The most obvious difference after you finish setup is visual: there’s a new selection of custom backgrounds for the Start screen and the Lock screen.


There's a greater selection of background colors and "tattoos" for the Start screen than in the Release Preview. In addition, the desktop has the new flat look, with no more traces of Aero.

In PC Settings, the only noticeable addition is an Available Storage block on the General tab, which makes it easy to see at a glance how much disk space is free. That measurement is especially critical on tablets and small devices with limited storage, especially 32GB devices.

One change is momentous in symbolic terms. The built-in Windows file manager, which has been called Windows Explorer for 17 years, is now called File Explorer. You might not notice unless you right-click its icon on the taskbar or search for it.


In my testing, performance was uniformly excellent, even on a nearly five-year-old Dell desktop PC. As was the case in the Release Preview, startup and shutdown are impressively fast, and every app I used was quick and responsive.

Most of the built-in apps have received only modest tweaks from their Release Preview predecessors. In a note to reviewers, Microsoft said, "The in-box Microsoft apps we have built for Windows 8 (communications, entertainment, etc.) will be continuously updated over time via the Windows Store. Some of the applications will be updated at our next milestone, when Windows 8 is generally available."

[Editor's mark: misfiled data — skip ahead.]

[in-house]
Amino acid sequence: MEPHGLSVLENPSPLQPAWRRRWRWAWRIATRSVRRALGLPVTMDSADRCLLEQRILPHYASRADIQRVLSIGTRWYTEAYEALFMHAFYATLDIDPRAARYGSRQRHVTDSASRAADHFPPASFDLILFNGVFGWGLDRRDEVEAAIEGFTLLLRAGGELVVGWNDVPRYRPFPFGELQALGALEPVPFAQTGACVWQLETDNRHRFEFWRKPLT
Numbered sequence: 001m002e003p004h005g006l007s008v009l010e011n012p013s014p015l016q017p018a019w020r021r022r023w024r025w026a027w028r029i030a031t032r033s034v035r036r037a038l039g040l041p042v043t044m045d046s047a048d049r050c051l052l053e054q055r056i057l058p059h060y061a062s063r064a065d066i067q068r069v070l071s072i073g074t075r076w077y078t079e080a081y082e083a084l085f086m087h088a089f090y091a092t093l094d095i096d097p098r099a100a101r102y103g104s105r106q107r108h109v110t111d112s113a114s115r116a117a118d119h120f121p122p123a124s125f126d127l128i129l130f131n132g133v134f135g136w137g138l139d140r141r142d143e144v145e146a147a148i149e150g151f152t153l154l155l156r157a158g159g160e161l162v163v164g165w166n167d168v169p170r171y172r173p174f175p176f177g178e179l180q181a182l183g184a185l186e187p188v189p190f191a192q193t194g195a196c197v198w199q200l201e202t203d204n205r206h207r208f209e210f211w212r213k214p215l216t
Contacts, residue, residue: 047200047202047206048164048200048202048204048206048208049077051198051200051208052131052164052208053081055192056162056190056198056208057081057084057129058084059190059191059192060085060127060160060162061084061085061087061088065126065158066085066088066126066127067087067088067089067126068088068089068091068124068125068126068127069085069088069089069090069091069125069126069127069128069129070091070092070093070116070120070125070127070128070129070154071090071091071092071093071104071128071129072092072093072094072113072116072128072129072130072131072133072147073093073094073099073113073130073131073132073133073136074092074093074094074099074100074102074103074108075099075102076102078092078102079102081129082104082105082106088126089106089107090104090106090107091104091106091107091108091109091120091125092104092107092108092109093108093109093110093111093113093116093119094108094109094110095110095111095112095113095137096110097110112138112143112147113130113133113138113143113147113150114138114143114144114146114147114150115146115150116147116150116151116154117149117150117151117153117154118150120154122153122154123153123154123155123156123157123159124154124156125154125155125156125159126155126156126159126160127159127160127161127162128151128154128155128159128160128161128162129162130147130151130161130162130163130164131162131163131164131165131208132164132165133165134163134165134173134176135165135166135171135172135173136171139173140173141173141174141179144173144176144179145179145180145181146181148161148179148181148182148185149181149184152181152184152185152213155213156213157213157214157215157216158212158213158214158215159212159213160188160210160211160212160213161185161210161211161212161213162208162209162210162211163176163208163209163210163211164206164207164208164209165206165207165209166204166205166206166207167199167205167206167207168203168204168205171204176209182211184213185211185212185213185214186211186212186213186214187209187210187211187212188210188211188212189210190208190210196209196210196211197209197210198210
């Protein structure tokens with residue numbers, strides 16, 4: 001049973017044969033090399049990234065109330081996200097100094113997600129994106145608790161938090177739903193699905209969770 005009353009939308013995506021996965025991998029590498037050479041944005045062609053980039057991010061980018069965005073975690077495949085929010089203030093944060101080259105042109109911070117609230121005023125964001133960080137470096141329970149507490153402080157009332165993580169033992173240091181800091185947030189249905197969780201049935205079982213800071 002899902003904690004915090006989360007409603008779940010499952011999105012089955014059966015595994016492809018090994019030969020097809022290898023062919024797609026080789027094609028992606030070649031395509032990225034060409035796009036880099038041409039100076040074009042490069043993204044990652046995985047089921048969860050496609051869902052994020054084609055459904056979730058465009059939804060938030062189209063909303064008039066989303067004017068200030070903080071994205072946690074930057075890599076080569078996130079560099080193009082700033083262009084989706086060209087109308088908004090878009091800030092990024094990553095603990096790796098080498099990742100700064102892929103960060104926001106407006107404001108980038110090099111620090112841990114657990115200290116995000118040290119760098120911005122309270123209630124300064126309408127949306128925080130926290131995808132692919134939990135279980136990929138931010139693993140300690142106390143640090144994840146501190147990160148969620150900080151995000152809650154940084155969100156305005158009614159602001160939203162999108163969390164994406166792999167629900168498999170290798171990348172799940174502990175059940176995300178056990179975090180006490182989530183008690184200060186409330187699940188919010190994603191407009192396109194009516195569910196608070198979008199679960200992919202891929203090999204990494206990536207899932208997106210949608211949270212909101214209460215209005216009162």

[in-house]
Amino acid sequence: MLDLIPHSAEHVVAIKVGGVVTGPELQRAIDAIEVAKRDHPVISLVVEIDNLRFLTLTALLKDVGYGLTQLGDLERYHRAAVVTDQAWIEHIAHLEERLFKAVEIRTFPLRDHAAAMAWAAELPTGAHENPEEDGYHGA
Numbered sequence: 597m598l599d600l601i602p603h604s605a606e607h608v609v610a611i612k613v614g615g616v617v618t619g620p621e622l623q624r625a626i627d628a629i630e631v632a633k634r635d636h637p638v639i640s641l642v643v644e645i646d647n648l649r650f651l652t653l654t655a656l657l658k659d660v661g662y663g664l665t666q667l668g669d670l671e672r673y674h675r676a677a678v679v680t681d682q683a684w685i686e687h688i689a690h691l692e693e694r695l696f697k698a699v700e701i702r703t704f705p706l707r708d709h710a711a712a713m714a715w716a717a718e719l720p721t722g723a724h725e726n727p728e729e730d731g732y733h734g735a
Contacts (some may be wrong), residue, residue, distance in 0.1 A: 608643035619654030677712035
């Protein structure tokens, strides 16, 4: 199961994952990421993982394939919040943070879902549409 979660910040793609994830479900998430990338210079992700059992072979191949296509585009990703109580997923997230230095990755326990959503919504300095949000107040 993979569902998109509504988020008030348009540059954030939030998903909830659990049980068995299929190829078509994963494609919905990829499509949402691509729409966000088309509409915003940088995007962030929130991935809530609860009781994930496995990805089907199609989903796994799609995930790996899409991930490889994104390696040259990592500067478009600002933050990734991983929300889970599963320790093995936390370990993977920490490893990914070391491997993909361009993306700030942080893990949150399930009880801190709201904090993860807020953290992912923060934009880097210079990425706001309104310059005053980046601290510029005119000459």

My experience bears that out. The Mail app, for example, has no new features but a few UI changes. Music is now called Xbox Music and boasts new options in the Preferences pane (most notably an option that requires you to sign in before completing purchases).

One surprise in the Store was the first official appearance of the Xbox SmartGlass brand, which replaces the earlier Xbox Companion app.


The story with third-party apps is similar.

If you're expecting a sudden influx of killer modern/Metro apps, you'll be disappointed. I counted 452 apps in the Store yesterday using the RTM code. That total includes some desktop apps, but most are still free Windows 8 apps, with a heavy emphasis on games. I found only a few paid apps in the Store.

That total is significantly higher than the 363 apps I counted in the Store on July 17 using the Release Preview. But it's clear that if there's going to be a sudden influx of apps, they will probably appear closer to the General Availability date of October 26.

I noticed that several bugs i had experienced with third-party apps were fixed in this release. The RTM code seems, after very brief testing, to work very well with other Microsoft products and services that are still in preview mode: Outlook.com, Office 365, and Office 2013 all seem to function properly.

And there are very few surprises in the Windows 8 interface itself. The Start screen is still on top and the Start menu, like Francisco Franco, is still dead. If you've been testing Windows 8 for any length of time, you've probably already formed an opinion about the new design, and nothing in the final release is likely to change that. The only significant (and welcome) change I noticed is in  file search results, where right-clicking an item now displays an app command that lets you jump to that file's location using Windows Ex... sorry, File Explorer.

This is an important milestone for Windows 8, but it's still just that—between now and October 26, it's still best suited for evaluation by IT pros and enthusiasts.

Coming shortly:

  • Getting started with the TechNet/MSDN releases
  • What's new in the Windows 8 license agreement?